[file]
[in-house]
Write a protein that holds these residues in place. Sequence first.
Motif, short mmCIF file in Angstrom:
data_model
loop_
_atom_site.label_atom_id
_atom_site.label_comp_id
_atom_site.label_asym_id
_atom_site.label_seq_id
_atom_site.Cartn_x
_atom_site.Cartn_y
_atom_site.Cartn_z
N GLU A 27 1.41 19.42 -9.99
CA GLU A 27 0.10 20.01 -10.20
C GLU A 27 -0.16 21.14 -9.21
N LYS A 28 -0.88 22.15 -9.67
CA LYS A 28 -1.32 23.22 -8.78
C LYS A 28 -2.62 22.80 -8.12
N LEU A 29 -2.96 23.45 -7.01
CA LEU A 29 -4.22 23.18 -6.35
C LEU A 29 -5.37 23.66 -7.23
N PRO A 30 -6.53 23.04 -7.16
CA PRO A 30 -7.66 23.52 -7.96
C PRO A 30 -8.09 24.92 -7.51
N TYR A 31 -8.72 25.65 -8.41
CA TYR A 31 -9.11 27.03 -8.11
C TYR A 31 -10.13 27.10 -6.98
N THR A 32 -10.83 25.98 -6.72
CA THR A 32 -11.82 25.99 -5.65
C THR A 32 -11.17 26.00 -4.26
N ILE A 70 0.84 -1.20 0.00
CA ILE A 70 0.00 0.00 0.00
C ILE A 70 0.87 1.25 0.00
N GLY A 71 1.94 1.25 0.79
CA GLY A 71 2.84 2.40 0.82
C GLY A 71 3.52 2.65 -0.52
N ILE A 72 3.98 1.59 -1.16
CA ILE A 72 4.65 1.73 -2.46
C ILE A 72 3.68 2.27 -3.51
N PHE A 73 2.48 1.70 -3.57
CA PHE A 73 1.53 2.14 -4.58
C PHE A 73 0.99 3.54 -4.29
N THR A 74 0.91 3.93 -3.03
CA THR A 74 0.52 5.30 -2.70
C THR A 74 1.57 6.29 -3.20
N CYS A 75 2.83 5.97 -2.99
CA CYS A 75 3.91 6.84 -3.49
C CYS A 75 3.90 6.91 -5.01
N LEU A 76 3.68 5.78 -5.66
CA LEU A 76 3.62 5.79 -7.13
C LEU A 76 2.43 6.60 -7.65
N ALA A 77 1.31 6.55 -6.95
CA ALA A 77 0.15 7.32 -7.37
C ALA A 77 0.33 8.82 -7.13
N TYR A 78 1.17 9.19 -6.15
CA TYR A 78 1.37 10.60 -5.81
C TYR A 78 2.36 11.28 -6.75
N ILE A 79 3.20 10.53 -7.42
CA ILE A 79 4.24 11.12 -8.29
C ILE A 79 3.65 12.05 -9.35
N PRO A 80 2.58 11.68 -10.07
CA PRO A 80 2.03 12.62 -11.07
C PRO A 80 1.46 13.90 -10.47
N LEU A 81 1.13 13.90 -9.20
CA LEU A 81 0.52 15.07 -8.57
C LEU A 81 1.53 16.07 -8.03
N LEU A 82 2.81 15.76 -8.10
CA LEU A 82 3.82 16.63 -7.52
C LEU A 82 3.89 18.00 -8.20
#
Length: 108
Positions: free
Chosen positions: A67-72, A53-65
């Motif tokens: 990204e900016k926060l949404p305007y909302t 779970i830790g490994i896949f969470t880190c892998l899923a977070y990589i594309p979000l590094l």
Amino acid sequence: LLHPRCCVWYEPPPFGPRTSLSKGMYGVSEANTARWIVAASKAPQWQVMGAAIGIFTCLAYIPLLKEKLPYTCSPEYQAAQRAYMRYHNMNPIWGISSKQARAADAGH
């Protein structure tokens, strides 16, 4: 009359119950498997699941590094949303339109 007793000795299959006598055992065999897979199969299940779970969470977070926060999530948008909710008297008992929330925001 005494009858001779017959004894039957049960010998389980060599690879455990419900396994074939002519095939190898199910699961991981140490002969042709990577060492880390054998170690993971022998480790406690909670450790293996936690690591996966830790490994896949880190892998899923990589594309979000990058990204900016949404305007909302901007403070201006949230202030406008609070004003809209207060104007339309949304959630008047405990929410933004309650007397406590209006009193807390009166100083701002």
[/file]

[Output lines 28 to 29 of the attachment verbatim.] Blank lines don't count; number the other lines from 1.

N THR A 32 -10.83 25.98 -6.72
CA THR A 32 -11.82 25.99 -5.65